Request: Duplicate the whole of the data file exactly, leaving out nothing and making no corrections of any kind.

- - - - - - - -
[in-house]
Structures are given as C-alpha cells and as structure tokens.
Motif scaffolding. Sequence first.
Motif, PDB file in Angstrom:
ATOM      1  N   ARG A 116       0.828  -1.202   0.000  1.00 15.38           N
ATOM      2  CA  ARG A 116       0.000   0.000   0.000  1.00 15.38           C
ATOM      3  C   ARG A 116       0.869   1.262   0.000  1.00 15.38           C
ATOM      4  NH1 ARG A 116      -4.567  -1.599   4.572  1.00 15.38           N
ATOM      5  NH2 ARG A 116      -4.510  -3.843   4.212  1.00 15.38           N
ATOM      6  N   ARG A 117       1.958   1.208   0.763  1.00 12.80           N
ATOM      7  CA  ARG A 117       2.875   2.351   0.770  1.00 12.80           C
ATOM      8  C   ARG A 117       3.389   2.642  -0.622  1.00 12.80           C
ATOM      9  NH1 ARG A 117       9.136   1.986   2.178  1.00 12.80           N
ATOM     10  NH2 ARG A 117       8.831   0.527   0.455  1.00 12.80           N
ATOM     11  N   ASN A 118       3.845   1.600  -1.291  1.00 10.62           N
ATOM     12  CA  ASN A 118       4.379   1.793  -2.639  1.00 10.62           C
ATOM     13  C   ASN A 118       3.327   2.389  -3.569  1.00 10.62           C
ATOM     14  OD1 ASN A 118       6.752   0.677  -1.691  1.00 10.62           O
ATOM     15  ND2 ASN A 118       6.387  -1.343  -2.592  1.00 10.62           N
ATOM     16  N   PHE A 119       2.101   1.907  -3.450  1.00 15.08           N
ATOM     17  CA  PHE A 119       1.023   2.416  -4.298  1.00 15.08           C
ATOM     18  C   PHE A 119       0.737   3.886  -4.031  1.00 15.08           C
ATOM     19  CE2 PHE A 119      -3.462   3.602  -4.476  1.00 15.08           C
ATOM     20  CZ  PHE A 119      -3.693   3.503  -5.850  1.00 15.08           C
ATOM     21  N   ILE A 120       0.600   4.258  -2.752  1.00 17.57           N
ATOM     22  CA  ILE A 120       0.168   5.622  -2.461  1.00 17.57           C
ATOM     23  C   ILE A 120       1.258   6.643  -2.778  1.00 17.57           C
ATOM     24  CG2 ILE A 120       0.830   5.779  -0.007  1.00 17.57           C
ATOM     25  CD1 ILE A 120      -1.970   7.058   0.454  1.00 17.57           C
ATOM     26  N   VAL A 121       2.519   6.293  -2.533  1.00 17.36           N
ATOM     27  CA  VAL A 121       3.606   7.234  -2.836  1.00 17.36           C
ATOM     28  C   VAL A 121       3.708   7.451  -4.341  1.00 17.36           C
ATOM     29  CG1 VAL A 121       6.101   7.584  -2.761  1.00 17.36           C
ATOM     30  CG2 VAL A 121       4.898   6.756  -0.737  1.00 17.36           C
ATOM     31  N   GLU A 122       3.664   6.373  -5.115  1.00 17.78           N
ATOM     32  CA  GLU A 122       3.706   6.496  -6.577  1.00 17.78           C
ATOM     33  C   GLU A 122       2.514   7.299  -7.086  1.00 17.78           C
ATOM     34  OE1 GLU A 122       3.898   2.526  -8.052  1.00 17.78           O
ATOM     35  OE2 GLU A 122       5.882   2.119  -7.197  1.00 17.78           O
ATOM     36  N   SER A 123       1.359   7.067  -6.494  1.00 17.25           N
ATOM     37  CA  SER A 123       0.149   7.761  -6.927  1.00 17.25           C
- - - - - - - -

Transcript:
[in-house]
Structures are given as C-alpha cells and as structure tokens.
Motif scaffolding. Sequence first.
Motif, PDB file in Angstrom:
ATOM      1  N   ARG A 116       0.828  -1.202   0.000  1.00 15.38           N
ATOM      2  CA  ARG A 116       0.000   0.000   0.000  1.00 15.38           C
ATOM      3  C   ARG A 116       0.869   1.262   0.000  1.00 15.38           C
ATOM      4  NH1 ARG A 116      -4.567  -1.599   4.572  1.00 15.38           N
ATOM      5  NH2 ARG A 116      -4.510  -3.843   4.212  1.00 15.38           N
ATOM      6  N   ARG A 117       1.958   1.208   0.763  1.00 12.80           N
ATOM      7  CA  ARG A 117       2.875   2.351   0.770  1.00 12.80           C
ATOM      8  C   ARG A 117       3.389   2.642  -0.622  1.00 12.80           C
ATOM      9  NH1 ARG A 117       9.136   1.986   2.178  1.00 12.80           N
ATOM     10  NH2 ARG A 117       8.831   0.527   0.455  1.00 12.80           N
ATOM     11  N   ASN A 118       3.845   1.600  -1.291  1.00 10.62           N
ATOM     12  CA  ASN A 118       4.379   1.793  -2.639  1.00 10.62           C
ATOM     13  C   ASN A 118       3.327   2.389  -3.569  1.00 10.62           C
ATOM     14  OD1 ASN A 118       6.752   0.677  -1.691  1.00 10.62           O
ATOM     15  ND2 ASN A 118       6.387  -1.343  -2.592  1.00 10.62           N
ATOM     16  N   PHE A 119       2.101   1.907  -3.450  1.00 15.08           N
ATOM     17  CA  PHE A 119       1.023   2.416  -4.298  1.00 15.08           C
ATOM     18  C   PHE A 119       0.737   3.886  -4.031  1.00 15.08           C
ATOM     19  CE2 PHE A 119      -3.462   3.602  -4.476  1.00 15.08           C
ATOM     20  CZ  PHE A 119      -3.693   3.503  -5.850  1.00 15.08           C
ATOM     21  N   ILE A 120       0.600   4.258  -2.752  1.00 17.57           N
ATOM     22  CA  ILE A 120       0.168   5.622  -2.461  1.00 17.57           C
ATOM     23  C   ILE A 120       1.258   6.643  -2.778  1.00 17.57           C
ATOM     24  CG2 ILE A 120       0.830   5.779  -0.007  1.00 17.57           C
ATOM     25  CD1 ILE A 120      -1.970   7.058   0.454  1.00 17.57           C
ATOM     26  N   VAL A 121       2.519   6.293  -2.533  1.00 17.36           N
ATOM     27  CA  VAL A 121       3.606   7.234  -2.836  1.00 17.36           C
ATOM     28  C   VAL A 121       3.708   7.451  -4.341  1.00 17.36           C
ATOM     29  CG1 VAL A 121       6.101   7.584  -2.761  1.00 17.36           C
ATOM     30  CG2 VAL A 121       4.898   6.756  -0.737  1.00 17.36           C
ATOM     31  N   GLU A 122       3.664   6.373  -5.115  1.00 17.78           N
ATOM     32  CA  GLU A 122       3.706   6.496  -6.577  1.00 17.78           C
ATOM     33  C   GLU A 122       2.514   7.299  -7.086  1.00 17.78           C
ATOM     34  OE1 GLU A 122       3.898   2.526  -8.052  1.00 17.78           O
ATOM     35  OE2 GLU A 122       5.882   2.119  -7.197  1.00 17.78           O
ATOM     36  N   SER A 123       1.359   7.067  -6.494  1.00 17.25           N
ATOM     37  CA  SER A 123       0.149   7.761  -6.927  1.00 17.25           C